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Author Topic: [CHART] Volatility analysis  (Read 1602 times)
cjp
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December 12, 2013, 09:44:54 PM
 #1

I made a chart of the volatility of Bitcoin, and how it changes through time:

Apologies for the poor chart quality; I'm more interested in the discussion than in making good-looking charts.

I don't know what is usually used as measure of volatility, but I took the ratio between the highest and the lowest price in a certain time period. I plotted the logarithm of this to make some of the smaller details better visible. I plotted the volatility for 1 day, 7 days and 30 days, based on the daily MtGox USD/BTC price from bitcoincharts.com.

As a general guide to the vertical scale:
1 means: high = 10 * low (so about 900% price change in the given time period)
0.2 means: high = 1.6 * low (so about 60% price change in the given time period)
0.1 means: high = 1.26 * low (so about 25% price change in the given time period)

Question:
For Bitcoin to become useful as a currency, isn't the volatility supposed to become lower, when adoption increases? I think we've seen lots of increase in adoption, but this chart shows little reduction in volatility. Please note that typical volatility levels are REALLY HIGH: we still have a long way to go when it comes to reducing volatility.

What is needed to reduce volatility? Should Bitcoin become "boring" so that we won't have a massive influx of new money in short time spans? Should there be more merchant acceptance? Should there be more "calm, rational" speculators who buy near the bottoms and sell near the tops?

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oxxymoronn
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December 12, 2013, 11:21:50 PM
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I read an article earlier today about this subject.

http://www.washingtonpost.com/blogs/the-switch/wp/2013/12/09/heres-why-volatility-isnt-a-big-problem-for-bitcoin/

Here's an excerpt

It's true that Bitcoin's volatility is a problem right now, but it's a mistake to treat volatility as an intrinsic characteristic of the currency. Bitcoin is volatile for two basic reasons: it's currently difficult to purchase Bitcoins with dollars, and there's a lot of uncertainty about the Bitcoin network's long-term prospects. These are both issues that should get resolved in the coming years, making the cryptocurrency much less volatile.


Liquid markets help to prevent price volatility. When the price of gold or pork bellies or shares of Microsoft stock starts to fall, bargain-hunting buyers jump into the market and push the price back up. That can happen quickly because there are sophisticated institutions like the New York Stock Exchange and the Chicago Mercantile Exchange helping to ensure that buyers who want to get into the market can do so easily.

Regulatory and technical challenges have slowed the development of mature exchanges to perform this function for bitcoins. A thicket of state-based money transmitter laws and the skepticism of conventional U.S. banks has made it challenging to operate a Bitcoin exchange in the United States. As a result, the leading services to trade bitcoins for dollars are all based overseas. They're not well-integrated with the U.S. financial system, so it's slow and expensive for consumers in the United States, Bitcoin's largest market, to buy Bitcoins when they see the price dropping.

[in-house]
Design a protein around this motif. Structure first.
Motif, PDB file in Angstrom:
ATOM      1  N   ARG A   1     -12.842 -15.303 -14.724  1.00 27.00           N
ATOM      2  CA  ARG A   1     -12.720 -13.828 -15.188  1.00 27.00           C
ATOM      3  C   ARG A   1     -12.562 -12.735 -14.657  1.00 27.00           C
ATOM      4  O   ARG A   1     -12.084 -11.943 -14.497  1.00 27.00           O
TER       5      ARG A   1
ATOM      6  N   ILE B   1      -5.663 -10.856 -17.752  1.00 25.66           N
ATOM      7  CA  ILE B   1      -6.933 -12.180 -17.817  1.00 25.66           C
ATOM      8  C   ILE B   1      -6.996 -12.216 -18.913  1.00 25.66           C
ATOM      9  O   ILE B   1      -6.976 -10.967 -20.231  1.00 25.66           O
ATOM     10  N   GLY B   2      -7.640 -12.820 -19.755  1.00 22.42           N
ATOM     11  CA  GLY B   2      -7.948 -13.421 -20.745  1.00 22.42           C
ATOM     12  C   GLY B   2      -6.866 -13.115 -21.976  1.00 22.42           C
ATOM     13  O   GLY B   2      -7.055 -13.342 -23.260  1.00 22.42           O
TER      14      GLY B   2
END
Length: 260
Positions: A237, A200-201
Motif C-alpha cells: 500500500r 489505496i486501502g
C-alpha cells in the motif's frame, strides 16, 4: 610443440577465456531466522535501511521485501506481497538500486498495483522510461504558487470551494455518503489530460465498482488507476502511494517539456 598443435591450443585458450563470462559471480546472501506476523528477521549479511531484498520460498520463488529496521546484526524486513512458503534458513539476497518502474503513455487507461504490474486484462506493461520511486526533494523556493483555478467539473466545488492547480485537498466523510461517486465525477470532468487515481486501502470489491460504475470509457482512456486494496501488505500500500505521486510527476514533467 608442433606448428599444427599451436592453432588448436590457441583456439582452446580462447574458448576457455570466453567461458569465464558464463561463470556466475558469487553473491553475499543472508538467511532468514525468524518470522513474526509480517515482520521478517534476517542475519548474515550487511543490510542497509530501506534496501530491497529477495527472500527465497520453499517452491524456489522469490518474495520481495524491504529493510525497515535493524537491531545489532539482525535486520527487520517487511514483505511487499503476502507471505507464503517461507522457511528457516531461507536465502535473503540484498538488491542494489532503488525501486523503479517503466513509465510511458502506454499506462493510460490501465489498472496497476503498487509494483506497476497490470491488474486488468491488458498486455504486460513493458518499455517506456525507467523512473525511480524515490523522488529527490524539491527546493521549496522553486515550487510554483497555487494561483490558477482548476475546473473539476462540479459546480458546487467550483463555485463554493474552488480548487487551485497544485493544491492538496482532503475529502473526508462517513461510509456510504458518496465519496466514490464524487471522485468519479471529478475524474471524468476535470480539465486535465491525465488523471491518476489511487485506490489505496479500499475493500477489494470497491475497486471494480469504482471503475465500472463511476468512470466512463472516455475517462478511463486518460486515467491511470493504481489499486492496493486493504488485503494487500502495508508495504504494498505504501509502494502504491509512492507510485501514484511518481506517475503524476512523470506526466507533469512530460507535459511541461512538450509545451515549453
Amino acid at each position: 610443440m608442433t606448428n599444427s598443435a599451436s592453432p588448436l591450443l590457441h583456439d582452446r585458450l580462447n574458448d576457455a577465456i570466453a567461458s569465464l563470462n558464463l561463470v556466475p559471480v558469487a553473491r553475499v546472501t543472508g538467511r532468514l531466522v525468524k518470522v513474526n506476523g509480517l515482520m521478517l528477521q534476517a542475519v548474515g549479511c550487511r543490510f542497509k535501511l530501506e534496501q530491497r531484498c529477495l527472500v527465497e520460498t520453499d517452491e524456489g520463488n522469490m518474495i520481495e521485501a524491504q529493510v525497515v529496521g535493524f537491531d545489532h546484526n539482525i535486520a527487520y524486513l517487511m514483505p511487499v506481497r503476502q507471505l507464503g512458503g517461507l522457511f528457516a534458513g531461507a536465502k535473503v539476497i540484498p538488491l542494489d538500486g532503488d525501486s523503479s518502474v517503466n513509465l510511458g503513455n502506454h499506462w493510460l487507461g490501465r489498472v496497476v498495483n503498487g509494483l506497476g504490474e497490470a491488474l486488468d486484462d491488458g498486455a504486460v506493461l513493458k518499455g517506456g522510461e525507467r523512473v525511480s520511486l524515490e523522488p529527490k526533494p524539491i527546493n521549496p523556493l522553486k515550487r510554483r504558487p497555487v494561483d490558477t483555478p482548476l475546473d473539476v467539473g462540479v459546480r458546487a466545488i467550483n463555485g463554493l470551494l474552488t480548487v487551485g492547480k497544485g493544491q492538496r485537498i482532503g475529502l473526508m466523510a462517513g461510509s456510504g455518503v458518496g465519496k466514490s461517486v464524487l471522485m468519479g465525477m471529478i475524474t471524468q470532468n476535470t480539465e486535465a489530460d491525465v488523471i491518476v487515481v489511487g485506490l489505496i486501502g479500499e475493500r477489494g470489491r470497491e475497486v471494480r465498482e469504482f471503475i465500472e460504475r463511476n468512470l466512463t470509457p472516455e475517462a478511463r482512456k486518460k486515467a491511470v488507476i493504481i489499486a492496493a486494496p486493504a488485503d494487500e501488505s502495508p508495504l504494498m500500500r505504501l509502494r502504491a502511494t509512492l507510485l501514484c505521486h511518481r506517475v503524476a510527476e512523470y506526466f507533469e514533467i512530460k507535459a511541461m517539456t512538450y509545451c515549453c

empoweoqwj
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December 13, 2013, 02:32:43 AM
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Great chart, you should have a tip jar .....

Markets are driven by fear and greed, that's all markets, not just bitcoin.

But when a market is "selling" something completely new, and virtual in nature, then we are all going to just have to accept the volatility.

I'm not even sure more liquidity will help. Because if people start thinking the "bitcoin experiment" is failing, people will pull their money out, period.

What it needs is time, probably several more years, where people start to trust that bitcoin has "worked" and has become a part of most peoples' everyday lives.

Before that, we will all have the jitters, and the latent fear it could crash to zero.
cjp
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December 14, 2013, 10:22:42 AM
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Great chart, you should have a tip jar .....

Thanks. You can already send tips to the address in my signature:
1KNgGhVJx4yKupWicMenyg6SLoS68nA6S8

Or do you want me to make a specific address for this chart?

Donate to: 1KNgGhVJx4yKupWicMenyg6SLoS68nA6S8
http://cornwarecjp.github.io/amiko-pay/
Sindelar1938
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December 14, 2013, 11:14:20 AM
 #5

One school of thought is that the price needs to go to 10x current levels for vol to reduce and commerce to become more viable
Read an article about this recently. Seemed to make sense.

empoweoqwj
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December 15, 2013, 03:03:07 AM
 #6

One school of thought is that the price needs to go to 10x current levels for vol to reduce and commerce to become more viable
Read an article about this recently. Seemed to make sense.

Why would a price increase reduce volatility? We've already seen a massive price increase as the charts show and volatility hasn't moved much.
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